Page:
Reluctantly, I dug up my box, dusted off the cobwebs.  I wanted to include the book of Ezekiel in with the four Gospels and Pauls letters.  I compromised.  I elevate the verses from Chapter 37 concerning dry bones into my select box of New Testament reading.  I reasoned it was more like New Testament than Old.  My boundaries were still in place, with one small exception.   My understanding of my God had shifted. I had discovered another piece of the puzzle.

Many years ago, as a young man, I spent time in Arnhem Land east of Darwin.  I had been out with a group of young aboriginal men.  Of course, I was all of 23 years old. We had crossed from an island, Millingimbi, to the mainland.  One of these young men asked, “Do you want to see my birthplace Wawa?”  Unsure, I agreed, and followed my friend.  

We walked through open wooded country, skirting around patches of dense tropical undergrowth.  Emerging out of tall grass, we came to a circular freshwater lake.  It sat in a shallow depression, maybe 150 metres across and perhaps 200 metres long.  We walked through a small clearing, to sit on a fallen tree slowly decomposing near the waters edge.  It was quiet, a peaceful place, very still. A bird flew by, the steady flap of its wings distinct.  “This is my birthplace,” said my friend.  “This is our totem, our clan, this is where we come for ceremonies with other family groups.  This is where my clan’s creation spirit lives.”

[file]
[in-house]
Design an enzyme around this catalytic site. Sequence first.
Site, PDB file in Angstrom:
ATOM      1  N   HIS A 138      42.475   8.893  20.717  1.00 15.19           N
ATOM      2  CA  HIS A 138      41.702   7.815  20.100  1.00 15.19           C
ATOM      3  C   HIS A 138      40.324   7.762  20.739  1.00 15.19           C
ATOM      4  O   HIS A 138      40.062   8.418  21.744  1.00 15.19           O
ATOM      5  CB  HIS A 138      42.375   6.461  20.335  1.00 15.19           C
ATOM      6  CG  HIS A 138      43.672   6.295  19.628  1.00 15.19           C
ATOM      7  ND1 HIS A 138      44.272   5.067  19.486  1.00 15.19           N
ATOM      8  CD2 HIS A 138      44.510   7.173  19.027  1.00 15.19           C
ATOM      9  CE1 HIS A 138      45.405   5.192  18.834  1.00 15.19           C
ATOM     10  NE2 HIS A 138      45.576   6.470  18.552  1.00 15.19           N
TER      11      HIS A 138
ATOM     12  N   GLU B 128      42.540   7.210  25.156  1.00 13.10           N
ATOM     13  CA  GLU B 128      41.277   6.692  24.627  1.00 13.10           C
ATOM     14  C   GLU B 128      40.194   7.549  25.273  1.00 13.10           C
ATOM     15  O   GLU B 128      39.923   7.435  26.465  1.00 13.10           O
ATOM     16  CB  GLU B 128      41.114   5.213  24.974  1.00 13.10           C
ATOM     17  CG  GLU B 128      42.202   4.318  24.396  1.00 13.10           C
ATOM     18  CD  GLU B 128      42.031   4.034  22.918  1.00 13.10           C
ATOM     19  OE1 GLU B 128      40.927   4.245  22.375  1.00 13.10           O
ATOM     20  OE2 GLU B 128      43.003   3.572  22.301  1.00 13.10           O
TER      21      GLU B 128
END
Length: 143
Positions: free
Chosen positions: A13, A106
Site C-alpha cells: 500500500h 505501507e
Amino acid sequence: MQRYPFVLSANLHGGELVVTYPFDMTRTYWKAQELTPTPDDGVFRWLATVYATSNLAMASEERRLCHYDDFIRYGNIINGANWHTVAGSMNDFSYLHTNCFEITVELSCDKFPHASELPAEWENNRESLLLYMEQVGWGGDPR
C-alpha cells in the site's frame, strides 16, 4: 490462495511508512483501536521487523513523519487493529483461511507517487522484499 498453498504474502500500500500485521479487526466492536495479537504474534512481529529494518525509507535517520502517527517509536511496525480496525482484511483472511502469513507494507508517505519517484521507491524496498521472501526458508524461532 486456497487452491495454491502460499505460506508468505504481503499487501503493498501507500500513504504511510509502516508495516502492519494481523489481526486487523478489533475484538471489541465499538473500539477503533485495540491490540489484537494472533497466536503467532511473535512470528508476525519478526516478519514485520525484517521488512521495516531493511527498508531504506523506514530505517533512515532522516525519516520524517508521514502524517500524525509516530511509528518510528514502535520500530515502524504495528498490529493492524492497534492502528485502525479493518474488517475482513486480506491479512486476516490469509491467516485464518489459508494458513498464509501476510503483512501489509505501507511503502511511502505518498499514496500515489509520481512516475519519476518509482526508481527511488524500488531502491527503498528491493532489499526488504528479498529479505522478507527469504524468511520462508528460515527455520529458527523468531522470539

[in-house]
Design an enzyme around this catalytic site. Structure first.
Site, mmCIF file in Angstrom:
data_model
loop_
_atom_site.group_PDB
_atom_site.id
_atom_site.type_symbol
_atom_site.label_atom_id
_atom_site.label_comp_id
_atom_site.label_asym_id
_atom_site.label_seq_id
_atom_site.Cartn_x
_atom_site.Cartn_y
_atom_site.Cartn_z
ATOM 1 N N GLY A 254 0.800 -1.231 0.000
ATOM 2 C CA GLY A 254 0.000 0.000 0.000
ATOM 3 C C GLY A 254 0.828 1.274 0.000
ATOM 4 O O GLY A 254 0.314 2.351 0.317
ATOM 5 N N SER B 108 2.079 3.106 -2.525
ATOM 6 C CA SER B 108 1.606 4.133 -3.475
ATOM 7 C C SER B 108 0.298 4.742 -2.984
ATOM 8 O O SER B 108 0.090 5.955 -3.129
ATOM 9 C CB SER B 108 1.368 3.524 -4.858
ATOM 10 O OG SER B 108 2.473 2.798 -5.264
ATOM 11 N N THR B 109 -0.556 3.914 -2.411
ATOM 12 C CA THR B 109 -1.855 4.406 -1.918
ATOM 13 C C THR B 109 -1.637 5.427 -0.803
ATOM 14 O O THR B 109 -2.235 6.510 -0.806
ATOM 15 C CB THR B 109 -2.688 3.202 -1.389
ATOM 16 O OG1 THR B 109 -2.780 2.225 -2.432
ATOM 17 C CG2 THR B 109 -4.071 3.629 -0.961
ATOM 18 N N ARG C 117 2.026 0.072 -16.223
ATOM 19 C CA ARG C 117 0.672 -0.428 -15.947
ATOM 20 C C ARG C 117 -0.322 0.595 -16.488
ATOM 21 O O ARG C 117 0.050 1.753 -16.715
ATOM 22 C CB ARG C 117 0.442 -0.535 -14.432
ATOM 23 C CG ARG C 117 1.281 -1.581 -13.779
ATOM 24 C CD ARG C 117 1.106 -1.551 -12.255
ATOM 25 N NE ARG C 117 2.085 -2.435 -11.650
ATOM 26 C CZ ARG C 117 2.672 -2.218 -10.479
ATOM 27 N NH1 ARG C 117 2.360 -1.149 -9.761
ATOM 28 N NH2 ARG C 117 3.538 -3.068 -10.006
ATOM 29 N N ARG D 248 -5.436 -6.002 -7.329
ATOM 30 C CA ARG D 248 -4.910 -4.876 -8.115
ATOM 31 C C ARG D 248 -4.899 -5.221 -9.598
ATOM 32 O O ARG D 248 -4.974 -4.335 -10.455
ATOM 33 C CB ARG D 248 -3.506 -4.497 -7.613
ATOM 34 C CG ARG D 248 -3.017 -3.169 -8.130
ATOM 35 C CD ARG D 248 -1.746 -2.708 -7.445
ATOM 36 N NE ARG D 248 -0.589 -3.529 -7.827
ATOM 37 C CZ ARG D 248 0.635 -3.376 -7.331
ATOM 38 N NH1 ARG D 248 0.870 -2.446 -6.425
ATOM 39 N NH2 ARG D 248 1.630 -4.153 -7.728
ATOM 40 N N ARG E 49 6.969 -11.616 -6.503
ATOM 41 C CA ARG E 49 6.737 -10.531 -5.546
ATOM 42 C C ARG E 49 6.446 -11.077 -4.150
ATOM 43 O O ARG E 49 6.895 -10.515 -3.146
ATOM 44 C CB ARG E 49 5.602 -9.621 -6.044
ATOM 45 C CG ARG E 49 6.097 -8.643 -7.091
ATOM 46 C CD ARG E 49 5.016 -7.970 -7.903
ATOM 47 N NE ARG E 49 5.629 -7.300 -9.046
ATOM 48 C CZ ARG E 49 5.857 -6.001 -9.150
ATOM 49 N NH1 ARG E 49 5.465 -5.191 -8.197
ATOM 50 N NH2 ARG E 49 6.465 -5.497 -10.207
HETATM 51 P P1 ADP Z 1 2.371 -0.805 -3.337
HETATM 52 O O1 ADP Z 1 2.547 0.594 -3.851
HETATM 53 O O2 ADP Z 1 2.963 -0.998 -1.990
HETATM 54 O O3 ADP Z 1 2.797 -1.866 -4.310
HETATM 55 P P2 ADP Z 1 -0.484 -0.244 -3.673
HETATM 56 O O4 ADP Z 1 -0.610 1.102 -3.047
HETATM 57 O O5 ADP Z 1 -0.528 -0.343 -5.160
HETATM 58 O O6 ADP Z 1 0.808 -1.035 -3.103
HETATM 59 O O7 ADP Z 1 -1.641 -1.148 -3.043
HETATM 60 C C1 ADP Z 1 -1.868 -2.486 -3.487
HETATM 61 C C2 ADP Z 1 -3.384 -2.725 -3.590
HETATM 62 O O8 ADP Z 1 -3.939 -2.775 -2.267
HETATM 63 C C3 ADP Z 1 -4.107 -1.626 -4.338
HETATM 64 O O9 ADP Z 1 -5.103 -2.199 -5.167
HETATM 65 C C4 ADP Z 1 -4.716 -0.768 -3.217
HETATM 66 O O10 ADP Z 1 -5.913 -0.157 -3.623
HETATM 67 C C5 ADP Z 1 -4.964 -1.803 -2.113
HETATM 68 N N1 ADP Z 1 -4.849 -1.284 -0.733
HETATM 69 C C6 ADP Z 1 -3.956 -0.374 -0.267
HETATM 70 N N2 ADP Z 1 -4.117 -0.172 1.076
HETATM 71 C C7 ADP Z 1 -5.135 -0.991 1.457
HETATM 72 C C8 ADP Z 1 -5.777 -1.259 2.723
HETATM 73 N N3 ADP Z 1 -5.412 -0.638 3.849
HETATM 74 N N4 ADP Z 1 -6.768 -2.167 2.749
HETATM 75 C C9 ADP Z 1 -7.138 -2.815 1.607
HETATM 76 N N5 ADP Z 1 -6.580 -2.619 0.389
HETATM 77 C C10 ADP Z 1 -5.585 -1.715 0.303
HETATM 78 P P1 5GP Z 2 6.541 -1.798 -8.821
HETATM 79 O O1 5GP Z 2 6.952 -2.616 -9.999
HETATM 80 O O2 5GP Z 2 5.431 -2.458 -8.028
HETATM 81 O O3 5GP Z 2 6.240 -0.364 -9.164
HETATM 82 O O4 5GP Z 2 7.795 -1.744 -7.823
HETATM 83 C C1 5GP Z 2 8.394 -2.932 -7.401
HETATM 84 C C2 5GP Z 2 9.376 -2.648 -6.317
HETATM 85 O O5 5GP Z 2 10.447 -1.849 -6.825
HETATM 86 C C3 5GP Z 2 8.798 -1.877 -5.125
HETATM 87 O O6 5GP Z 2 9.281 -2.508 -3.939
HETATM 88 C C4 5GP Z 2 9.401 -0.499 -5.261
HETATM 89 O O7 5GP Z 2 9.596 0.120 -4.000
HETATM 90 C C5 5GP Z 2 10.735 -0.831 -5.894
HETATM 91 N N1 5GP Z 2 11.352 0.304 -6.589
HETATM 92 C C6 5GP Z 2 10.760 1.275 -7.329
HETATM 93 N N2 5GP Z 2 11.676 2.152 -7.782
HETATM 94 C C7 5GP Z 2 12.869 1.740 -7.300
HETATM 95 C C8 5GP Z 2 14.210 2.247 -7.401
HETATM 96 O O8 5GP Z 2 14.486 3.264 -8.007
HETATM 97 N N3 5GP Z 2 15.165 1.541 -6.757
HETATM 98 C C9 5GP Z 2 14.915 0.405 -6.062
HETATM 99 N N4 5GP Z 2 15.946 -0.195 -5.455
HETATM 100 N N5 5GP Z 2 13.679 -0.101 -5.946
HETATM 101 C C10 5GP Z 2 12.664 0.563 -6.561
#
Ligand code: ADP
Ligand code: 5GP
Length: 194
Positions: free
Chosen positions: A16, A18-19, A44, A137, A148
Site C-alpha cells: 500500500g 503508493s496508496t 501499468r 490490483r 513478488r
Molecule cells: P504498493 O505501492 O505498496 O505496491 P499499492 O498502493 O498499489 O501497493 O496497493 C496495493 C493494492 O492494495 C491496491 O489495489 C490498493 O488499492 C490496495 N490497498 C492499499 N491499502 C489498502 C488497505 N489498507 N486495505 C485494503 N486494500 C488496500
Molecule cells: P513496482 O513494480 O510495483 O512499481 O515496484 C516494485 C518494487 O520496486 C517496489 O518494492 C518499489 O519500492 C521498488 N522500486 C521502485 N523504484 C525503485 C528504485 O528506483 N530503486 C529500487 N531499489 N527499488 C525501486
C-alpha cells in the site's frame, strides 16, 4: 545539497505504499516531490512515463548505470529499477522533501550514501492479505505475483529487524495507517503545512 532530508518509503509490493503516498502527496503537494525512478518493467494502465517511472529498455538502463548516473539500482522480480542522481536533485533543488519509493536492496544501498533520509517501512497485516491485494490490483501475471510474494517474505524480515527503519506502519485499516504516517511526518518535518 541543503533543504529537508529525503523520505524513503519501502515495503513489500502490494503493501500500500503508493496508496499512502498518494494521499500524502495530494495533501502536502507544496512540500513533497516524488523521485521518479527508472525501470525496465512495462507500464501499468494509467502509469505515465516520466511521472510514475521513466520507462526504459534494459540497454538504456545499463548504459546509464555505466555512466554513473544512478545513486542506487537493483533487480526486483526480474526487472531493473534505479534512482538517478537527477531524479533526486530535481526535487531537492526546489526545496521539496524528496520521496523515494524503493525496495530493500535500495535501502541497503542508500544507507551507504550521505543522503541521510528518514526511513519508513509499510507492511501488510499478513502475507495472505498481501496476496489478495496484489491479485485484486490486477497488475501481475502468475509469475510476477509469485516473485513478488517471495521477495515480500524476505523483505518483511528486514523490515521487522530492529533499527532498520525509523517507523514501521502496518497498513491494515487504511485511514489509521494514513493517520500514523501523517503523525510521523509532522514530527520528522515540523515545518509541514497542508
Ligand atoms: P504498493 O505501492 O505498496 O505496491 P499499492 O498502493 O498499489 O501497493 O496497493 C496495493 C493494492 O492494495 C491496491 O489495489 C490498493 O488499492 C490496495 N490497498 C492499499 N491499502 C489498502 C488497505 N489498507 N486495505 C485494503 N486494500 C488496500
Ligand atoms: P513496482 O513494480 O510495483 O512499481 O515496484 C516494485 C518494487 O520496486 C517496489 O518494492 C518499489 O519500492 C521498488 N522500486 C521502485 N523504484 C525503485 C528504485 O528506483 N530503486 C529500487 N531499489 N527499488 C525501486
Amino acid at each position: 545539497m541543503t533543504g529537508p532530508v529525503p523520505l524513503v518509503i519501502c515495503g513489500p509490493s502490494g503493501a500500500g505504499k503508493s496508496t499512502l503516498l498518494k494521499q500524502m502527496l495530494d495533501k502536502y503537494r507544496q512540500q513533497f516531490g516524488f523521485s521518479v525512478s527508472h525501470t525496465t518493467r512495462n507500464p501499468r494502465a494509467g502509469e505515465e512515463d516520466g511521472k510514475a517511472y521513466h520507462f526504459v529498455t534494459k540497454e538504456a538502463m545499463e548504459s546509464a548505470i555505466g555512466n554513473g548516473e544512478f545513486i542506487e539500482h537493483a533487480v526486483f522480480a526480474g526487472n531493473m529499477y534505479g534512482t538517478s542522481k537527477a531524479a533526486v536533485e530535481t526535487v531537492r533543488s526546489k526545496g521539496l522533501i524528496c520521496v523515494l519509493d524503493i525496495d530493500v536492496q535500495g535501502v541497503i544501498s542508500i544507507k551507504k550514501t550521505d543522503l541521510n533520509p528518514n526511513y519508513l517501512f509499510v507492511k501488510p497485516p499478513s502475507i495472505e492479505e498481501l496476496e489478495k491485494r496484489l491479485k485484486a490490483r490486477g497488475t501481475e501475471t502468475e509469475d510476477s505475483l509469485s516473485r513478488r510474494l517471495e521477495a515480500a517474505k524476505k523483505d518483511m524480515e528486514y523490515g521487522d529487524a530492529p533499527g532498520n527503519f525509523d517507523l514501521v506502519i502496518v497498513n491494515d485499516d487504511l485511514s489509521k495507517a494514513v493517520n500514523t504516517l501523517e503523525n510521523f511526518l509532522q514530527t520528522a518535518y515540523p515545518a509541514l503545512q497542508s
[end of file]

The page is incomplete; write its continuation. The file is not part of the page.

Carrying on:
My friend, eyes darted around, never still, checking out this place.  Silent memories floating back to other times spent with family.  After a time, we left this place, walked through small tropical rainforest near the lake before turning onto a walking track.  After a short distance, I could hear the rhythm of the sea slapping down on a sandy beach.  Shortly after, we came to a sheltered glade, set back from the beach.  Standing tall were large Tamarisk trees shading three large circular mounds each about four metres high, separated by a gap of a few metres. They were overgrown by native grass and vines.  Nearby the scattered remains of bush huts left to the elements.  The sound of the sea nearby but unseen.